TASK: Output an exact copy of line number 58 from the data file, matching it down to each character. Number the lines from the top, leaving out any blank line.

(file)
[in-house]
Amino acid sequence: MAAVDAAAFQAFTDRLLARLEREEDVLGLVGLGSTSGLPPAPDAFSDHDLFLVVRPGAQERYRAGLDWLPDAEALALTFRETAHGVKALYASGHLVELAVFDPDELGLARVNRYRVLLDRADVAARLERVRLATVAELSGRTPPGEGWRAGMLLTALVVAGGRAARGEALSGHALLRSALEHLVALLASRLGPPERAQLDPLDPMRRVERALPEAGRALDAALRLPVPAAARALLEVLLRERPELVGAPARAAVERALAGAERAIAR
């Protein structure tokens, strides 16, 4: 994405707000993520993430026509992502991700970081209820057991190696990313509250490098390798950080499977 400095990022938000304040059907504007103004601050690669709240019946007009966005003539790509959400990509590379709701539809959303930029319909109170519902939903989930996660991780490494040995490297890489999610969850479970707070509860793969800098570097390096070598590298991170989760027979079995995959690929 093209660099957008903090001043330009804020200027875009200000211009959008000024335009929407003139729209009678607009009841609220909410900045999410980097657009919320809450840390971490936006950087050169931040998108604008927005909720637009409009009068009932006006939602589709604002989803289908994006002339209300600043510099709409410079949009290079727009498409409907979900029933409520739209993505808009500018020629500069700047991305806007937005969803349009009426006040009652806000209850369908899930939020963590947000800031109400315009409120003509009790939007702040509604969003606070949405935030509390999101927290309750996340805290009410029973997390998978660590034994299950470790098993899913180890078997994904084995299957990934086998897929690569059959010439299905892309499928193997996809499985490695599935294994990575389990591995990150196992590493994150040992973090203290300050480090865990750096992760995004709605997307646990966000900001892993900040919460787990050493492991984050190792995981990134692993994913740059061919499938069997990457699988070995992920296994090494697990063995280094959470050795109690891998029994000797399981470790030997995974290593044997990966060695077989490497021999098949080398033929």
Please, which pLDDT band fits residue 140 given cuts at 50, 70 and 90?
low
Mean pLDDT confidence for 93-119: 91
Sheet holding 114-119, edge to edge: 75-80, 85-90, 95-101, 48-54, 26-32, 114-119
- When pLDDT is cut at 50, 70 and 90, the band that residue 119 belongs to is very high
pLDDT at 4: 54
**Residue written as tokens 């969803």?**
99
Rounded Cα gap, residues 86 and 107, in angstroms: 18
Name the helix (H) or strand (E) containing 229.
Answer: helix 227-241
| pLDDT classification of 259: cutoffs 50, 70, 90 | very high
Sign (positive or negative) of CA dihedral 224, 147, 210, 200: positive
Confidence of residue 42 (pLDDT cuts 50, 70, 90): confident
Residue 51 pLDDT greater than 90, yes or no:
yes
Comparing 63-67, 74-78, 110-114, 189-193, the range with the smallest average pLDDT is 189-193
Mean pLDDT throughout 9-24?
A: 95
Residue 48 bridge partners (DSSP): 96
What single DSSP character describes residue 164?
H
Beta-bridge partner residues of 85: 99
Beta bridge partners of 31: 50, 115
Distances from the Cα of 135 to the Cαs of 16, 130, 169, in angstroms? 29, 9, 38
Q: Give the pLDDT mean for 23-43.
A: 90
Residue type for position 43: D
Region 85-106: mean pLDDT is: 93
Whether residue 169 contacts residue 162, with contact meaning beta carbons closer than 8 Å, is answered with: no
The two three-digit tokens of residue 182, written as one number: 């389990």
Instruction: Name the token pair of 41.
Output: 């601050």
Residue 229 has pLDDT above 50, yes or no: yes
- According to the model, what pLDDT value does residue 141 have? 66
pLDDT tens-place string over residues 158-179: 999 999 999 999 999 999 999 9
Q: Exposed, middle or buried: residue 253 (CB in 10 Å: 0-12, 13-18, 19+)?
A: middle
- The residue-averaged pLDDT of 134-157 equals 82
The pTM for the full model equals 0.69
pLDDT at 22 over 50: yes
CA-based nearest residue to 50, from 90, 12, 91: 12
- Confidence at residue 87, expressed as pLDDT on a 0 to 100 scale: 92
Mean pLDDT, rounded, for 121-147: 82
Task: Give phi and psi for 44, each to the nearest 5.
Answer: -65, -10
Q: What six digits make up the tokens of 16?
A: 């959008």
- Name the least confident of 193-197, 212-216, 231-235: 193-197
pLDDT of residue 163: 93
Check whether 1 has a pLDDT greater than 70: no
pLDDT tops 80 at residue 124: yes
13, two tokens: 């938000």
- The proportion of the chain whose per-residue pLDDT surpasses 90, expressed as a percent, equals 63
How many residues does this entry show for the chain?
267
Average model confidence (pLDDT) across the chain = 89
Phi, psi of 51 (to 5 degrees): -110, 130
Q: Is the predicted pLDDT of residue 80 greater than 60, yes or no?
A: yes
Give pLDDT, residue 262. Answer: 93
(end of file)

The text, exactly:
How many residues does this entry show for the chain?